Yoga has been studied and practiced for centuries, with as many different types of yoga as there are reasons to practice. From relaxation and increased flexibility to detoxification and restoration, yoga is hailed by practitioners as a cure-all for mental, physical and spiritual health. But can it be used with physical therapy as a pain management solution?
The different types of yoga have many variations including how long the poses are held, the temperature and humidity of the room, and the use of props, but in general, yoga incorporates poses and movements with breathing exercises and meditation. These movements and relaxation techniques help to improve circulation, reduce stress and blood pressure, and improve flexibility and muscle tone, which are all great health benefits.
Traditional physical therapy (PT) is commonly used to treat ailments including muscle and joint pain, as well as recovery from injury and chronic pain. The health benefits gained from regular yoga practice improve circulation, muscle elasticity, balance, and increased range of motion. So it makes sense that, depending on the injury and type of pain, coupling yoga with physical therapy can help to accelerate recovery and treat pain. In fact, a study from the U.K. tested chronic low back pain sufferers and found that patients suffering from low back pain saw increased benefits in mobility and pain management from attending one weekly yoga class, as opposed to those who didn’t practice yoga at all.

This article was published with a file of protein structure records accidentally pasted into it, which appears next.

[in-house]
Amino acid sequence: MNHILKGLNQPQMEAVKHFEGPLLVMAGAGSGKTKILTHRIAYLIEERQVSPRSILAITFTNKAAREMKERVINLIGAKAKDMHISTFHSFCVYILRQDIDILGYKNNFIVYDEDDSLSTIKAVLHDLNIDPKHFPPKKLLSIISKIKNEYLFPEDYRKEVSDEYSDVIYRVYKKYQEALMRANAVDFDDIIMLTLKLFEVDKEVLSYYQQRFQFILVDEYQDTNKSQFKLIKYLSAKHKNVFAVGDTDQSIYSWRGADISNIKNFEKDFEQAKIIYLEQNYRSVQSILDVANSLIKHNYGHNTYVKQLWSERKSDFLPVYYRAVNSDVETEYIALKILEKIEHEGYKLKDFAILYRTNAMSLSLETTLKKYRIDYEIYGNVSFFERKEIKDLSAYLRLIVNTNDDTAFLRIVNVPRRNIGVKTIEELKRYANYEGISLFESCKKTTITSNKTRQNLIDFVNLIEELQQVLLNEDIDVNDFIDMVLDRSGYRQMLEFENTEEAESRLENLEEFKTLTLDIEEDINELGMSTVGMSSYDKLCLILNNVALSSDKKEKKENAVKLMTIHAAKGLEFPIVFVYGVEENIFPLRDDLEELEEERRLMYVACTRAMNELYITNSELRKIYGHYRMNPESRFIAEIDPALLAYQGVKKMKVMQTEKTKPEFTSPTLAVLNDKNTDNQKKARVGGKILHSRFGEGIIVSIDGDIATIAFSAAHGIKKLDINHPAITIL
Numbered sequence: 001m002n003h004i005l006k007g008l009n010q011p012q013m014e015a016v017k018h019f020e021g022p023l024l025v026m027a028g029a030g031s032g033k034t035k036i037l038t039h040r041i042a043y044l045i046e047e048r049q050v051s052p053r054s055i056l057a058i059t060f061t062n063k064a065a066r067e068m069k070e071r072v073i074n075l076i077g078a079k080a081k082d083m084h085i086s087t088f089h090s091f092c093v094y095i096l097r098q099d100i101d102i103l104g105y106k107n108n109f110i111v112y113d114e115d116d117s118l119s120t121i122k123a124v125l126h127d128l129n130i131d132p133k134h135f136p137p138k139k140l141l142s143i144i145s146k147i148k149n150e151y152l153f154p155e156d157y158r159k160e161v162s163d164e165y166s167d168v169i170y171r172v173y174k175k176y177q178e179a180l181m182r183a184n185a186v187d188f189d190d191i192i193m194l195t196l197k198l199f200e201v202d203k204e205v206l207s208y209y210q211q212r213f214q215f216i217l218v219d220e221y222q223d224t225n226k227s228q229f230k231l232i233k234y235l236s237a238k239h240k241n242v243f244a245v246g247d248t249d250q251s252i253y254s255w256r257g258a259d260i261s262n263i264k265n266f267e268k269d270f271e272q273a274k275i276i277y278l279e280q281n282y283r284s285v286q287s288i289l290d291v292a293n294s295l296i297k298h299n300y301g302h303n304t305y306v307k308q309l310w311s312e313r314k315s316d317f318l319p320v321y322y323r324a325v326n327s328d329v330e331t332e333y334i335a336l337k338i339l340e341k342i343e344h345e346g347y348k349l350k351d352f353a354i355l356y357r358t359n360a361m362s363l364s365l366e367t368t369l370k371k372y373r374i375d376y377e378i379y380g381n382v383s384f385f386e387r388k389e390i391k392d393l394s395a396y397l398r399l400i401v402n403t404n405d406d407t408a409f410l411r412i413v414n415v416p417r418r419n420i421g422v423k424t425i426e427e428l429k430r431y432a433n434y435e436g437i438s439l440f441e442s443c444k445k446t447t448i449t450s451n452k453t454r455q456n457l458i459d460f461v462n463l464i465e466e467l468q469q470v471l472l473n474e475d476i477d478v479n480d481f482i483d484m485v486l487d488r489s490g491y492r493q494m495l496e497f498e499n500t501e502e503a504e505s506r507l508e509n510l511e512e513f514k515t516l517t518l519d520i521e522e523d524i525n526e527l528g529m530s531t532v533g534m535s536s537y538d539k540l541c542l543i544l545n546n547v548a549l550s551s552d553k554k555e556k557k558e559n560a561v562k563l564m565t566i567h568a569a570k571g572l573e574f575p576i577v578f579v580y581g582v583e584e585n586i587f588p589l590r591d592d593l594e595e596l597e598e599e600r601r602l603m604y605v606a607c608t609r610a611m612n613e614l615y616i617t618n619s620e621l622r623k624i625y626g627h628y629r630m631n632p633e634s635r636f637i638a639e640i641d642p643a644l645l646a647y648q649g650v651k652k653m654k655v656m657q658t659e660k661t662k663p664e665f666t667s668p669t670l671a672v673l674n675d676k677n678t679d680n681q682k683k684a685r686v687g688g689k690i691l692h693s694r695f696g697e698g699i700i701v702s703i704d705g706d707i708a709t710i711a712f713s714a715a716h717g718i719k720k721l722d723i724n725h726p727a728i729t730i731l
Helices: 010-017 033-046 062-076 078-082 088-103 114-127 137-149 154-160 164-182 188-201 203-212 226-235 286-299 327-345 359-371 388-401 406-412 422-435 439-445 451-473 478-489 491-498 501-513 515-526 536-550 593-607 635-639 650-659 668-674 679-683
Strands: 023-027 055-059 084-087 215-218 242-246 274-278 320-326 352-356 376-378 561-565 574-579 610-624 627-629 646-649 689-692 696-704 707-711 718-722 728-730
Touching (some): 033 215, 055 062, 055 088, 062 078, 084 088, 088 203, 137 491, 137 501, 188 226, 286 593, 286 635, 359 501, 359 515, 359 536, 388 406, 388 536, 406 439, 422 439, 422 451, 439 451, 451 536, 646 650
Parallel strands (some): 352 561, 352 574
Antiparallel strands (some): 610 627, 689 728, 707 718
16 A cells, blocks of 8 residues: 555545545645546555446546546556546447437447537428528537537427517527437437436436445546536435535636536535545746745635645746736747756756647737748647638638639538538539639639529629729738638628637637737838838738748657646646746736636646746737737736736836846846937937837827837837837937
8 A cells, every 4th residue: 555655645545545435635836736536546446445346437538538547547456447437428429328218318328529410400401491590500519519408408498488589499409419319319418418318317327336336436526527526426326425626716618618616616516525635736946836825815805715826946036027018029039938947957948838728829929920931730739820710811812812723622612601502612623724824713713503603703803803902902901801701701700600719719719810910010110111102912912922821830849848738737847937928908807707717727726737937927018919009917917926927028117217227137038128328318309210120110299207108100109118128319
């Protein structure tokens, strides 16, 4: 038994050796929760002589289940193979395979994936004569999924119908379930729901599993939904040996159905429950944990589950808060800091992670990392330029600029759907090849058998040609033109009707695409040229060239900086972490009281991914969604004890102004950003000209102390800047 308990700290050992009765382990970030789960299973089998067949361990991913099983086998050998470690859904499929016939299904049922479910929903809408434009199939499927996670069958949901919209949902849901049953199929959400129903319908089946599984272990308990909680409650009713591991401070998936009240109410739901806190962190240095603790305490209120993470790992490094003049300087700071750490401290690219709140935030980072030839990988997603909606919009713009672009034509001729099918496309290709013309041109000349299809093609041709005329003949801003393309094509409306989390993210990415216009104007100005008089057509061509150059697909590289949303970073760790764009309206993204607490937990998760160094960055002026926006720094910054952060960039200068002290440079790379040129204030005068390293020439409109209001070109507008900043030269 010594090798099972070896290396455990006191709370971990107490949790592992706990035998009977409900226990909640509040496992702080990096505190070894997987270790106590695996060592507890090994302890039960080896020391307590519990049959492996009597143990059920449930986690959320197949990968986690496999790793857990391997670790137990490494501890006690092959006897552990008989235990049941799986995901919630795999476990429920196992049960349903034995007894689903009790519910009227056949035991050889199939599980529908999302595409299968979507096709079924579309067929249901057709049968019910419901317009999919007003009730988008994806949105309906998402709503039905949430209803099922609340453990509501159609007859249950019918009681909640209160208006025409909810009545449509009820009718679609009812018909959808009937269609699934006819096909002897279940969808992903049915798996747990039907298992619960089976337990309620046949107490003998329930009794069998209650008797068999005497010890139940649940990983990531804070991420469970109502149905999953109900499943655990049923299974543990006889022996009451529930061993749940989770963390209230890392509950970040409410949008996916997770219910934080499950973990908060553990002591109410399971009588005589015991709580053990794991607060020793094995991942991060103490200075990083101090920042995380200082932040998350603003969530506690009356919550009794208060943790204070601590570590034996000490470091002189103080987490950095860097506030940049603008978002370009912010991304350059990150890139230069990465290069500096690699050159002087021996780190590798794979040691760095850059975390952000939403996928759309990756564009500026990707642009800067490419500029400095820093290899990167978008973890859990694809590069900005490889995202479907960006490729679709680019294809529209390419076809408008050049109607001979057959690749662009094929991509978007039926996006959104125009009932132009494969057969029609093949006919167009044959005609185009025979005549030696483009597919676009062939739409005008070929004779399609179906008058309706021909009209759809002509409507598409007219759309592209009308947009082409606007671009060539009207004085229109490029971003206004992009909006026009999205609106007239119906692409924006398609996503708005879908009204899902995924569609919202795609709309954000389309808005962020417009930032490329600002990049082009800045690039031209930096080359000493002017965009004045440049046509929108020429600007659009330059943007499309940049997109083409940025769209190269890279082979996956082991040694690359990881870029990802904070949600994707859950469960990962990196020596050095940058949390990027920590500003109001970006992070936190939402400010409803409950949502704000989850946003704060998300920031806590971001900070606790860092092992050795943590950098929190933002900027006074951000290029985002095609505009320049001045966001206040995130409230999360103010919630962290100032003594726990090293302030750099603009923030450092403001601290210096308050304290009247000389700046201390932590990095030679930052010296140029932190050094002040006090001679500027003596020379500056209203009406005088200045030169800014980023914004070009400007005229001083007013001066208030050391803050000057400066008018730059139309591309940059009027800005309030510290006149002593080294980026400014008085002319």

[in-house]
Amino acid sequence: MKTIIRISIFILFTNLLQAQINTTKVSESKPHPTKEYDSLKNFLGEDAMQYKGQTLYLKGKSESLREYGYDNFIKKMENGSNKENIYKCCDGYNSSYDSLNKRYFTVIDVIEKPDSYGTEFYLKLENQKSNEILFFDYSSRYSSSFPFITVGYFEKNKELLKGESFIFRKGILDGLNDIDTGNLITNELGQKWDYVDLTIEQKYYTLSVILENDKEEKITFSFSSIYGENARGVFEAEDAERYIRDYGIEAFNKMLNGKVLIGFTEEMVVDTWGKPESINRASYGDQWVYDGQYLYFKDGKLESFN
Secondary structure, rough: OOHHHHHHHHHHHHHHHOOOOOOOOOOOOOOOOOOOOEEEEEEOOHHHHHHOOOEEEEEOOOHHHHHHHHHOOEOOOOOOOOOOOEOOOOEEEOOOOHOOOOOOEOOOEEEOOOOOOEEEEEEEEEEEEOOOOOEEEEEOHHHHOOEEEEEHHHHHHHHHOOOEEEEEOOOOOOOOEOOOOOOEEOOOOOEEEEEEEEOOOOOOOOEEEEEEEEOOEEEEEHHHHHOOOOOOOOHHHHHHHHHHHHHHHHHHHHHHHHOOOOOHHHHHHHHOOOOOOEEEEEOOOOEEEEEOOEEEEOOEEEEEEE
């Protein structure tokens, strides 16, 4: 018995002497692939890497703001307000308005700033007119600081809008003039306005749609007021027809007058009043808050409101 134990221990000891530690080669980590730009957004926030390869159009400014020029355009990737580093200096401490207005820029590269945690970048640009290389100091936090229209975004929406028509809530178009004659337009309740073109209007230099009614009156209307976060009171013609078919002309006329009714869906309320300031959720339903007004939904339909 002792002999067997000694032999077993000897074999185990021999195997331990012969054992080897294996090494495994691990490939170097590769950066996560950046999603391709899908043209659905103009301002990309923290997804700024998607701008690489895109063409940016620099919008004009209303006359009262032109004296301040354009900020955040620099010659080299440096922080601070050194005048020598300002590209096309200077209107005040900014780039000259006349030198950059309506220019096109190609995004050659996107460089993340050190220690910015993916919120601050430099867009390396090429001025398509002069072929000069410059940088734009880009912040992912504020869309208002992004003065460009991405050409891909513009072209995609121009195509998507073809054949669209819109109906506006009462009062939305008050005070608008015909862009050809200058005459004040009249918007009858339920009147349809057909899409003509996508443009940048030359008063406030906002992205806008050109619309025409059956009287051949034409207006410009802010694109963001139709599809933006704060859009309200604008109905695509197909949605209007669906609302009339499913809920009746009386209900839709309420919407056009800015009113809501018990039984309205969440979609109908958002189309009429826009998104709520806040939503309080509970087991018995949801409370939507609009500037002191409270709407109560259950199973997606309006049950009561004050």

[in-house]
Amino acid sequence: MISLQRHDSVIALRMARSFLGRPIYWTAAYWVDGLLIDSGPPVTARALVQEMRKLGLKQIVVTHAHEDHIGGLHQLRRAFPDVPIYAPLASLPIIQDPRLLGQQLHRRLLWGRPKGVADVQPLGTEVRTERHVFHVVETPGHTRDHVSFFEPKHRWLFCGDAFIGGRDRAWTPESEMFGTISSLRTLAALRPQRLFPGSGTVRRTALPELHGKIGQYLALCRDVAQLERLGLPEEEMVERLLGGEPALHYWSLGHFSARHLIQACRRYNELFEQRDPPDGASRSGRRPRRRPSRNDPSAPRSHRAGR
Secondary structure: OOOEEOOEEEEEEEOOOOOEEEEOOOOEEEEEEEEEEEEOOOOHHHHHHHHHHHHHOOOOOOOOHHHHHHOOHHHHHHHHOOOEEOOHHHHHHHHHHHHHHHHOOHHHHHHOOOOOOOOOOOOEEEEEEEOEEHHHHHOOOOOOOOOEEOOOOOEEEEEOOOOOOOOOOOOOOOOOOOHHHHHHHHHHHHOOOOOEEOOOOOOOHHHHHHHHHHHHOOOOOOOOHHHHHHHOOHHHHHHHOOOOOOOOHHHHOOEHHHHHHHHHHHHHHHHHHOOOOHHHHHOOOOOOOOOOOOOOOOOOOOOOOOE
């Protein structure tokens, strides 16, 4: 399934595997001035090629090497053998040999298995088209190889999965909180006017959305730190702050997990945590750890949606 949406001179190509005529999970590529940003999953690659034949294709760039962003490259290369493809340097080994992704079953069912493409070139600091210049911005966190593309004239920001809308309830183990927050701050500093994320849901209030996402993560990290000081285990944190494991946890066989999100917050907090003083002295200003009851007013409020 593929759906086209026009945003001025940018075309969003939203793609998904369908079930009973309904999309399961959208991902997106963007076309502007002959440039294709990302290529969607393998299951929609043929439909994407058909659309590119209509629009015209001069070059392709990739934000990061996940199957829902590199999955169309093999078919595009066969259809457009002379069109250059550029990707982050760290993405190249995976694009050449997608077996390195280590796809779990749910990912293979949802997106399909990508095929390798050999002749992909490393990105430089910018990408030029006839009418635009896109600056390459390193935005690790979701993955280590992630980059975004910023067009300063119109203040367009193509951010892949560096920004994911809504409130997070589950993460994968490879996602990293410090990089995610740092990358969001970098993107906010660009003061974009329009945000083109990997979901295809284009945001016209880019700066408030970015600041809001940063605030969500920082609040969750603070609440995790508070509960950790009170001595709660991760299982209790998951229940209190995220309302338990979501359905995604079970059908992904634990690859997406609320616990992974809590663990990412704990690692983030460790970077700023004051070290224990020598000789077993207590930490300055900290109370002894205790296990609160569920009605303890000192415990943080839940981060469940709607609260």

Now, it’s important to note that for some pain and injury yoga may not be a safe and plausible option. For example, if you’re recovering from shoulder surgery, performing even simple poses that incorporate shoulder strength and movement may prove to be challenging, painful and detrimental to your recovery. As always, you should consult your doctor or health care professional before making any changes to your recovery plan, and be sure to notify your yoga instructor ahead of time as to any injury or pain you may have.
It’s also important to remember that your physical therapist has been trained to examine the body as a whole, the anatomy and how things work—or aren’t working—and what causes the pain and ailments that you experience. A yoga instructor is educated on how to guide practitioners through breathing exercises, poses and meditation, but doesn’t necessarily have the training and knowledge of the body systems that your PT does. When you pair the mechanical improvements of PT with the mental and physical benefits of yoga, the result is an overall healthier patient but it doesn’t mean you can swap out one for the other.
If you are interested in more information about how to incorporate yoga into your physical therapy program, please contact one of our knowledgeable pain management experts at a Foothills Sports Medicine Physical Therapy clinic.
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